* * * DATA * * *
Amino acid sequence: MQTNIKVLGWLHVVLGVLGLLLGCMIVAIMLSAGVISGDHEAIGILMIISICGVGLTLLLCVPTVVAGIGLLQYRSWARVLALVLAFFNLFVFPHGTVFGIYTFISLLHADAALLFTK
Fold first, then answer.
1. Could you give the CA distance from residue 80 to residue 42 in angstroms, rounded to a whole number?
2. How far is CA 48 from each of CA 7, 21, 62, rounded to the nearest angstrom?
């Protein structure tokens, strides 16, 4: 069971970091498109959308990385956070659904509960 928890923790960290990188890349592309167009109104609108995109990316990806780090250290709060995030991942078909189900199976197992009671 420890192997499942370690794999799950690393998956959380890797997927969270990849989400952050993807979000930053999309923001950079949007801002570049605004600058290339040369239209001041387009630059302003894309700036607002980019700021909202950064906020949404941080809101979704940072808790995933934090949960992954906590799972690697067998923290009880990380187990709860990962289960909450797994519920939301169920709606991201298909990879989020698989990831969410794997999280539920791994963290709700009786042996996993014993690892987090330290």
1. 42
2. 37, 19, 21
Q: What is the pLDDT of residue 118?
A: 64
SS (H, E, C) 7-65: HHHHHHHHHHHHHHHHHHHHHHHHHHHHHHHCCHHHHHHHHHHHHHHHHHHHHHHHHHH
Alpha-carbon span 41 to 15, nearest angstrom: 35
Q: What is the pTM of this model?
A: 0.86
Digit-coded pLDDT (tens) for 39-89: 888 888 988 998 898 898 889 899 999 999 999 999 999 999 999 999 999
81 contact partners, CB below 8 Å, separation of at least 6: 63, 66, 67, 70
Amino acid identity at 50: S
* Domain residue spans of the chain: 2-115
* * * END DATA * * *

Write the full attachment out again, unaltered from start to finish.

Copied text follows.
Amino acid sequence: MQTNIKVLGWLHVVLGVLGLLLGCMIVAIMLSAGVISGDHEAIGILMIISICGVGLTLLLCVPTVVAGIGLLQYRSWARVLALVLAFFNLFVFPHGTVFGIYTFISLLHADAALLFTK
Fold first, then answer.
1. Could you give the CA distance from residue 80 to residue 42 in angstroms, rounded to a whole number?
2. How far is CA 48 from each of CA 7, 21, 62, rounded to the nearest angstrom?
């Protein structure tokens, strides 16, 4: 069971970091498109959308990385956070659904509960 928890923790960290990188890349592309167009109104609108995109990316990806780090250290709060995030991942078909189900199976197992009671 420890192997499942370690794999799950690393998956959380890797997927969270990849989400952050993807979000930053999309923001950079949007801002570049605004600058290339040369239209001041387009630059302003894309700036607002980019700021909202950064906020949404941080809101979704940072808790995933934090949960992954906590799972690697067998923290009880990380187990709860990962289960909450797994519920939301169920709606991201298909990879989020698989990831969410794997999280539920791994963290709700009786042996996993014993690892987090330290």
1. 42
2. 37, 19, 21
Q: What is the pLDDT of residue 118?
A: 64
SS (H, E, C) 7-65: HHHHHHHHHHHHHHHHHHHHHHHHHHHHHHHCCHHHHHHHHHHHHHHHHHHHHHHHHHH
Alpha-carbon span 41 to 15, nearest angstrom: 35
Q: What is the pTM of this model?
A: 0.86
Digit-coded pLDDT (tens) for 39-89: 888 888 988 998 898 898 889 899 999 999 999 999 999 999 999 999 999
81 contact partners, CB below 8 Å, separation of at least 6: 63, 66, 67, 70
Amino acid identity at 50: S
* Domain residue spans of the chain: 2-115